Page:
I read in the news that an 11-year-old child just passed away. She had Type 1 Diabetes since she was young and was at a sleepover of friend, who also had Type 1 Diabetes – during the night she had low blood sugar and it turned into a brain injury. She was around people who knew what to do and still she went too low. After a couple of days in the hospital, she passed away. My heart breaks for her family. And selfishly, my heart breaks for myself and for all the other parents and caregivers or Type 1 Diabetes children and adults. Because this could happen to my child and other children/adults with Type 1 Diabetes at any time. A Type 1 Diabetes Parent’s Worst Fear
My son has been battling this for a year and a month and I can’t even count how many times his blood sugar has dropped low or gone too high. It happens practically every day. While I wish his Type 1 Diabetes could be stable and drama-free, it’s not. No matter what we do. Yes, we have a continuous glucose monitor called Dexcom. This does alert us to what his blood sugar is and updates every 5 minutes. But it’s not always correct and sometimes doesn’t work. Yes, I watch what I feed him, but foods like pasta and pizza (surprisingly NOT ice cream) makes his blood sugar crazy. He goes high if he has cereal or frankly anything in the morning My son is also in puberty so when he has a growth spurt his blood sugar doesn’t react the way it normally should. Also, if we don’t know the carb count for his food we have to guess and give him an insulin dose on his insulin pump. We’re not always correct. Most of the time when we go to a restaurant I have to guess at the carb count and pray that I didn’t give him too much or too little insulin. I use a book Calorie King and the app (which isn’t as good as the book), rely on googling the menu or I just freaking guess. Most of the time when I ask the wait staff they don’t know the carb count and then I’ve gotten attitudes on “how I am letting my kid eat that?” Yes, Misty, my kid CAN have an ice cream sundae, I just have to know the carb count to give him enough insulin for it. But we can handle that.
But what’s harder is night time. I kiss my son every night because I’m worried he won’t wake up one day. I worry that he’ll go really low in the middle of the night and I won’t hear the alarm on his Dexcom. I worry that he won’t feel it. I worry that it will not work correctly and he’ll still be low. I worry that he will go too low and he’ll have a seizure. Or it will be worse. I honestly haven’t thought about what could happen because it’s just too scary to me. I try to prevent him from going too low. I pretty much know that he dips around 1 or 2AM or sometimes 4AM and I try to wake up to check him. But I don’t always wake up (and as much as I love my husband he is NOT concerned at all.). He thinks that because our endocrinologist didn’t tell us to do 2AM checks on our son that we shouldn’t do them. I try to analyze the data and know what my son’s blood sugar is so I can predict if he’ll go high or low. Too high isn’t good either – for months he’s been going low between 10 and 11PM and now he seems to go high at 2AM. Going too high can give him ketones, which is protein in his urine and he can wind up back in the hospital, back in diabetic keto acidosis. It’s a tightrope we walk. It’s a balance that we deal with around 20 times a day. This is one battle we need to conquer. My son never waking up again is my biggest fear. We need a cure. I shouldn’t have to save my kid’s life with a juicebox.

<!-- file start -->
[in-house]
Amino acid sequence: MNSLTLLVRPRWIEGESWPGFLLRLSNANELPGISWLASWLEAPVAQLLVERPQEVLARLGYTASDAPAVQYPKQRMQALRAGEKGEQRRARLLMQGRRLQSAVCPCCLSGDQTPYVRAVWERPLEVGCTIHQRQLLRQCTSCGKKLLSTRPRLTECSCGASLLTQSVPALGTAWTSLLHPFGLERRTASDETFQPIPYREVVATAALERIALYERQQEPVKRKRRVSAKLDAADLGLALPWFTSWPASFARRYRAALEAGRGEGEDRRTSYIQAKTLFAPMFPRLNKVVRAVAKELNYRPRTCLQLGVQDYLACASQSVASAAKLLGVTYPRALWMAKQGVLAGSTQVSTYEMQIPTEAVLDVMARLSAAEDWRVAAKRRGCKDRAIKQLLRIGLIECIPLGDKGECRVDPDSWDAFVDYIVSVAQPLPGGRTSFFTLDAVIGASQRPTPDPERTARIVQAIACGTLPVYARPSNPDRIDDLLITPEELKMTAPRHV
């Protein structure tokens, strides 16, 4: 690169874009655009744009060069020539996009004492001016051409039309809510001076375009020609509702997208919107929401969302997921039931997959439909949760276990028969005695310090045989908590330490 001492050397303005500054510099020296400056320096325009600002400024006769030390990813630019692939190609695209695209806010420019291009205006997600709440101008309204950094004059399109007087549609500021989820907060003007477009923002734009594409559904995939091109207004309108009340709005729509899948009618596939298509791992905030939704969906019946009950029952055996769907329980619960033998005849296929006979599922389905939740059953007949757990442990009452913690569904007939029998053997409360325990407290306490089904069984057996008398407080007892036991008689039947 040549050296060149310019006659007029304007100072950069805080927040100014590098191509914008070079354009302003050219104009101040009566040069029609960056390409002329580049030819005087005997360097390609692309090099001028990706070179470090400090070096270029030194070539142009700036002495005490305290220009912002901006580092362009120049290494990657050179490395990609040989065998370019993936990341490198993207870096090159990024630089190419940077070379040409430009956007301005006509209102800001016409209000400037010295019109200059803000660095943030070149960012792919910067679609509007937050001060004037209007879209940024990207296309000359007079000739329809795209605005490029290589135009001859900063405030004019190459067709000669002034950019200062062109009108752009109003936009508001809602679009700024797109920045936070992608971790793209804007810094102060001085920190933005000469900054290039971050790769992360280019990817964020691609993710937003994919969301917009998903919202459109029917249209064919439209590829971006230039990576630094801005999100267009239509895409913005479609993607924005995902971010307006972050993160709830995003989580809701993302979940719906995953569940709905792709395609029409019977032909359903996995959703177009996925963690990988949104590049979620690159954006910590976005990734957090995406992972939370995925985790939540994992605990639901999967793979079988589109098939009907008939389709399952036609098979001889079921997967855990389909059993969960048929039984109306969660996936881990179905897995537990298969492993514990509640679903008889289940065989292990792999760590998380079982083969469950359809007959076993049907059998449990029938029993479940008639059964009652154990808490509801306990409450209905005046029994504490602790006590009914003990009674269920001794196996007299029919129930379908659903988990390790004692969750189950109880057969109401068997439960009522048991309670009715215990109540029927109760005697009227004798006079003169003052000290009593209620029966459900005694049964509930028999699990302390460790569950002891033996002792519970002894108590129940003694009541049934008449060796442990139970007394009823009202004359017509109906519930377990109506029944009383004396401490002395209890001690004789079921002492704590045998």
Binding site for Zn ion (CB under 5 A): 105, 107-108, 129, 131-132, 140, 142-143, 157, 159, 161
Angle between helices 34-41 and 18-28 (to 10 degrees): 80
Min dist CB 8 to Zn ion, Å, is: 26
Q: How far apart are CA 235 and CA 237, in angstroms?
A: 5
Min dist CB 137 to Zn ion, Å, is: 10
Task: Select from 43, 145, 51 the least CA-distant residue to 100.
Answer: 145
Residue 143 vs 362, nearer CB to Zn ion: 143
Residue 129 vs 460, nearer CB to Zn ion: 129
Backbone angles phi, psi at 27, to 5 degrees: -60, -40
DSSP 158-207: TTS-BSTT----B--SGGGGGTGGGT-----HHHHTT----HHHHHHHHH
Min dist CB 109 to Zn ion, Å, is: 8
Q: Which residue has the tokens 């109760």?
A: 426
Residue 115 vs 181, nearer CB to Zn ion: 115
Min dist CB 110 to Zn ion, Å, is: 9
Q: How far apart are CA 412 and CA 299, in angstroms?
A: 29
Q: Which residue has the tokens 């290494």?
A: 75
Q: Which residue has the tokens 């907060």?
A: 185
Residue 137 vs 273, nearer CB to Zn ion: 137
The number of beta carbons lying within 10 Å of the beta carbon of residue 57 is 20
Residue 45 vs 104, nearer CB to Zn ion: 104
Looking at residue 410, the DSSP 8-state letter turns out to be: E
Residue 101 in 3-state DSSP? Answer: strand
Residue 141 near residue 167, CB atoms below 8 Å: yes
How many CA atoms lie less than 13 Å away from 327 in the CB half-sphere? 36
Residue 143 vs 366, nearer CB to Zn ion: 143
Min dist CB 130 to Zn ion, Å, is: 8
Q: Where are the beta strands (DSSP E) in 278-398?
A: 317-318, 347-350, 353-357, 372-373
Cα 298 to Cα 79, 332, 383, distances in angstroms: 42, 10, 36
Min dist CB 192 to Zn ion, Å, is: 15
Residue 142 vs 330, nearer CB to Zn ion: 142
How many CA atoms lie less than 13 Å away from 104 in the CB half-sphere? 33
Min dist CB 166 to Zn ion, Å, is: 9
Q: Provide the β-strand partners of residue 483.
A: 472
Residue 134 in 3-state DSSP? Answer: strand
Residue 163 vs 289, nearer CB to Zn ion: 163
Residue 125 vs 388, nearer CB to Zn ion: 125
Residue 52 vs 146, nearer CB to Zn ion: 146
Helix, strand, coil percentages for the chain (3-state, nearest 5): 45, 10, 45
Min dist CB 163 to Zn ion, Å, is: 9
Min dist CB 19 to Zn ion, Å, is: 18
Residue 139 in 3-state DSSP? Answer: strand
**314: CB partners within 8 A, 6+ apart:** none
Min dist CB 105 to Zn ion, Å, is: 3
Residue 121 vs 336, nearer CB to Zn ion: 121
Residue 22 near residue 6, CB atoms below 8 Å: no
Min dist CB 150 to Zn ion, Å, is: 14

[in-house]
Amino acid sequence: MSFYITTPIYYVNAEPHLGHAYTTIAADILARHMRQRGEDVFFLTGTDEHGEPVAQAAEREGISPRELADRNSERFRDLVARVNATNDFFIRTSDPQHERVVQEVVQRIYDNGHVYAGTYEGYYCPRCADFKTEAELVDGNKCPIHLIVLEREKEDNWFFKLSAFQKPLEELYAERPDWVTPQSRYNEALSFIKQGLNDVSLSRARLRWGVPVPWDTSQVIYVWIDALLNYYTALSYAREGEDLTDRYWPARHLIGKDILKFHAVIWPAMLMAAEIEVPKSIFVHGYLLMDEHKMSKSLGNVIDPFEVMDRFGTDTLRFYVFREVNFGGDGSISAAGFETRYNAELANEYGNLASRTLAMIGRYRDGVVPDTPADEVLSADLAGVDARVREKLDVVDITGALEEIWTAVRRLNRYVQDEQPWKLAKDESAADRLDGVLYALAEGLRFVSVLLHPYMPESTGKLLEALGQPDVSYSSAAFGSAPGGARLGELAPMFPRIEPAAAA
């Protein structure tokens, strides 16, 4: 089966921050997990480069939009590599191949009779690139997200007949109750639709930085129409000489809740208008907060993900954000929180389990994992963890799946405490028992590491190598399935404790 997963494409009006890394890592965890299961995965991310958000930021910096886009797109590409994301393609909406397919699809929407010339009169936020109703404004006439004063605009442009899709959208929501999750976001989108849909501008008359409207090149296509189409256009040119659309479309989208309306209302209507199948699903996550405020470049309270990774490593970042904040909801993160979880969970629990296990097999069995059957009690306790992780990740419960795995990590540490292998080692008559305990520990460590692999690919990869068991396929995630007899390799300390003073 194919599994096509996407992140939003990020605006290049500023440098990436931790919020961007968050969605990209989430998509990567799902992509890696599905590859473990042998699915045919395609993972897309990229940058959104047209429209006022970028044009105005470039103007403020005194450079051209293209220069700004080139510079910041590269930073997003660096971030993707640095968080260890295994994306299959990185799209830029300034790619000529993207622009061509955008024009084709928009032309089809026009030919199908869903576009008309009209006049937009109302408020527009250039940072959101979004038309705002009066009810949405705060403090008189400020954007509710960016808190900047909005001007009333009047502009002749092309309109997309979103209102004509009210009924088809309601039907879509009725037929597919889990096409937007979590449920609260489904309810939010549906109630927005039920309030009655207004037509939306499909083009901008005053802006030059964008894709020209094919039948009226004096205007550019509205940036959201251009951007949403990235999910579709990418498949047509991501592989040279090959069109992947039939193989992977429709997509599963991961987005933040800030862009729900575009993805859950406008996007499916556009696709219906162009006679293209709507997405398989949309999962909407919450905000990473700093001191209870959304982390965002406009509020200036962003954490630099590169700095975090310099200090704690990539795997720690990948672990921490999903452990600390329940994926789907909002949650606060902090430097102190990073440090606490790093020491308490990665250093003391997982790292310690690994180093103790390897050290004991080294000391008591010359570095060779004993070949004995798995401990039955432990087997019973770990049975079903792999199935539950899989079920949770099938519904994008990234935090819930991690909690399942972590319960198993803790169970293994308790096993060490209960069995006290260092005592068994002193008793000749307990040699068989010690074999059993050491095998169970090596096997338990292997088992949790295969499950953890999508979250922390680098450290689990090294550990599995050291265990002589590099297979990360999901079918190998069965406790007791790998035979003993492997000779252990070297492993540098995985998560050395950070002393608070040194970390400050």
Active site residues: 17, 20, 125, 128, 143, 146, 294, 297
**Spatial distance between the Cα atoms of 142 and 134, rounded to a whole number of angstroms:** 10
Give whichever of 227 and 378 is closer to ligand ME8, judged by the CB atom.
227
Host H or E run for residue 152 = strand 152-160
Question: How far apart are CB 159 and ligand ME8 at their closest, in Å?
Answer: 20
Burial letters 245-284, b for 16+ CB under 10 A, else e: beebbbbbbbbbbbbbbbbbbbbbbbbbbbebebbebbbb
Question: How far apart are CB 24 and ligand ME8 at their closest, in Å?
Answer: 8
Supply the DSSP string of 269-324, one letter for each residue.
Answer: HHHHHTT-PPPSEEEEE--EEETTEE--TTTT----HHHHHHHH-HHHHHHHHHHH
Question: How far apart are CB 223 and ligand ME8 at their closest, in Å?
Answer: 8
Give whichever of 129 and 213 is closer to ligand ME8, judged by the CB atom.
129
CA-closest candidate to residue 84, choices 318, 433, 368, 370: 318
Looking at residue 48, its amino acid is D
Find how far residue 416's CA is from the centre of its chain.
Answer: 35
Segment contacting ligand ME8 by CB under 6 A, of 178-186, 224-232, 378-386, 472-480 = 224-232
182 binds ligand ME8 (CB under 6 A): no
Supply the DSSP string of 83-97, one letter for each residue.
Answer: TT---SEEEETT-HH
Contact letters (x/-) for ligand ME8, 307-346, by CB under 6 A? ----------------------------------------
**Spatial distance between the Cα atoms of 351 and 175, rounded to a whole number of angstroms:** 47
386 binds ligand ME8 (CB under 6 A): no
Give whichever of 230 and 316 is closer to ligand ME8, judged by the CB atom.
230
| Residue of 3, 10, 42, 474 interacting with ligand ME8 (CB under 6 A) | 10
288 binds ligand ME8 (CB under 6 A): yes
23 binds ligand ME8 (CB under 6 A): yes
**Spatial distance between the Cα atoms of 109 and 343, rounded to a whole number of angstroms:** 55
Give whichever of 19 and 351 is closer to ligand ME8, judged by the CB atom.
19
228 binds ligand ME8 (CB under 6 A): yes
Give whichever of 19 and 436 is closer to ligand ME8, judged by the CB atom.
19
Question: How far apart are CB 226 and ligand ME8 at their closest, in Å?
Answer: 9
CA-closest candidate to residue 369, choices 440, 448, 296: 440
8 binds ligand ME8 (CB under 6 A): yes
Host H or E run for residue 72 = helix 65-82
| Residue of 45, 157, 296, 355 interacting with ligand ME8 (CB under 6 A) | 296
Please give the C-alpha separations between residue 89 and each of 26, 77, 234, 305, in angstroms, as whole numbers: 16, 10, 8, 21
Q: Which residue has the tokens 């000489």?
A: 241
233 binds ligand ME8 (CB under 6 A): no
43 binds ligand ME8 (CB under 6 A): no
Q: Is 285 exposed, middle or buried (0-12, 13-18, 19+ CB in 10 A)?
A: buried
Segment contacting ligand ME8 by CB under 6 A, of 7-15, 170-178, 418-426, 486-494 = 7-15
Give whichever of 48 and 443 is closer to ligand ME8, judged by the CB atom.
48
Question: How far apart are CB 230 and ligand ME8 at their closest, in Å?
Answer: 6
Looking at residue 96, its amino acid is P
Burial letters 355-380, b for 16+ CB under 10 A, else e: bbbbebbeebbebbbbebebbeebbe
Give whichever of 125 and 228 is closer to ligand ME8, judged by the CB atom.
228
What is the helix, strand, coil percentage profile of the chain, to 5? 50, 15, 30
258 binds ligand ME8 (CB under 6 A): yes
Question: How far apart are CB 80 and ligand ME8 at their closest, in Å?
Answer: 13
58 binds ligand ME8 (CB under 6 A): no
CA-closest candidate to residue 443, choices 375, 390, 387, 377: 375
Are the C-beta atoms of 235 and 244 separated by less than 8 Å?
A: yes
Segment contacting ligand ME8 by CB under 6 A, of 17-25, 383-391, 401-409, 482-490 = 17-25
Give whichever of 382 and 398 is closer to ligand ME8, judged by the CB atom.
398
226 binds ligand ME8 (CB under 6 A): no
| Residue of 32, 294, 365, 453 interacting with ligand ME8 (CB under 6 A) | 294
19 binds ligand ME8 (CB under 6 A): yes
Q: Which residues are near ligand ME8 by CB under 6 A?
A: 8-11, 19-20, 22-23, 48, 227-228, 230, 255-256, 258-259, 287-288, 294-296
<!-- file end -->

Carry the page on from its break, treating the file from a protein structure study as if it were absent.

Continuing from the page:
Our story: https://www.themamamaven.com/my-son-went-into-diabetic-ketoacidosis-and-is-now-a-type-1-diabetic/
Note: I am not a doctor or have medical training. I talk about Type 1 Diabetes from a parent’s point of view. Always consult your endocrinology team if you have any questions. I advocate for my child until he can advocate for himself.
Brandi Browning says
Thank YOU for sharing your family stories and fears. We have the exact same fear every day. Keep Fighting. Keep Learning. Keep Journey-ing.
Laurie Nykaza says
I know how difficult it can be having had the paramedics here 13 times since his heart transplant in 2004 when he was also diagnosed with Celiacs disease .There is a genetic link between Type 1 diabetes and Celiac disease. (There is no connection between Type 2 diabetes and Celiac disease.) Developing one of the diseases increases the risk of developing the other. Which makes your blood sugars crazy so make sure you check for it too. My son has had it since he was 21 months old and is 33 now. My son can be talking on a 20 blood sugar so its so hard to tell when he is low and he cant really tell either from having it so long. The new machines are ok at times we have had problems with them too. I always check in to see how your doing my heart goes out to the other family it is a difficult disease to have and how it can effect the family as well. We never leave my son alone. I hope they come out with new items to use to help know when there blood sugars are low.
The Mama Maven says
He had it at 21 months, oh Laurie, that’s hard. The new Dexcom monitor is better, but my son is at school now and he was lower than the Dexcom said twice this morning. I tend to panic and overtreat so I am really trying to reign it in. But the little girl passing away yesterday just brought up all these emotions. My son is thriving and growing strong, so we are lucky that way.